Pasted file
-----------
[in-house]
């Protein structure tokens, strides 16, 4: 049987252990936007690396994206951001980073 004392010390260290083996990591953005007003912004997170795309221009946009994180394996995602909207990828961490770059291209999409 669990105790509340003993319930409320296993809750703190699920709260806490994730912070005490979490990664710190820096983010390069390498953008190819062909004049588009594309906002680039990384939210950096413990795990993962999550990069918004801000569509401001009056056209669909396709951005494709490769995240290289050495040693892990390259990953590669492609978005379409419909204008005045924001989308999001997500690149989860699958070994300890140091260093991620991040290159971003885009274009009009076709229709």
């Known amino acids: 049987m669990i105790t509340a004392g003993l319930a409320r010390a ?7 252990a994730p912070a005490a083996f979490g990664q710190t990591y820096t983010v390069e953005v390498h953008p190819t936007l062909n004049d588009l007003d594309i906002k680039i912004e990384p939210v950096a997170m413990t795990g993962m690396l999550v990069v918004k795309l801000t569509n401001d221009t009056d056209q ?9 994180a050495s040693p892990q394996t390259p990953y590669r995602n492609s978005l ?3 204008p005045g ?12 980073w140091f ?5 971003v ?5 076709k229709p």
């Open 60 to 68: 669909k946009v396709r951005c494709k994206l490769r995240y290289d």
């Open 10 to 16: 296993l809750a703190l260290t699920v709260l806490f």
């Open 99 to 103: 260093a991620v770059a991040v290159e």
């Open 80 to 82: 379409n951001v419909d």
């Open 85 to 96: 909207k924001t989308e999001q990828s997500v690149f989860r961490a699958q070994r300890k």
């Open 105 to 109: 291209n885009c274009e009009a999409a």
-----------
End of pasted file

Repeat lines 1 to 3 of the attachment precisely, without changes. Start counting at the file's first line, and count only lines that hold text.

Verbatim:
[in-house]
């Protein structure tokens, strides 16, 4: 049987252990936007690396994206951001980073 004392010390260290083996990591953005007003912004997170795309221009946009994180394996995602909207990828961490770059291209999409 669990105790509340003993319930409320296993809750703190699920709260806490994730912070005490979490990664710190820096983010390069390498953008190819062909004049588009594309906002680039990384939210950096413990795990993962999550990069918004801000569509401001009056056209669909396709951005494709490769995240290289050495040693892990390259990953590669492609978005379409419909204008005045924001989308999001997500690149989860699958070994300890140091260093991620991040290159971003885009274009009009076709229709």
């Known amino acids: 049987m669990i105790t509340a004392g003993l319930a409320r010390a ?7 252990a994730p912070a005490a083996f979490g990664q710190t990591y820096t983010v390069e953005v390498h953008p190819t936007l062909n004049d588009l007003d594309i906002k680039i912004e990384p939210v950096a997170m413990t795990g993962m690396l999550v990069v918004k795309l801000t569509n401001d221009t009056d056209q ?9 994180a050495s040693p892990q394996t390259p990953y590669r995602n492609s978005l ?3 204008p005045g ?12 980073w140091f ?5 971003v ?5 076709k229709p």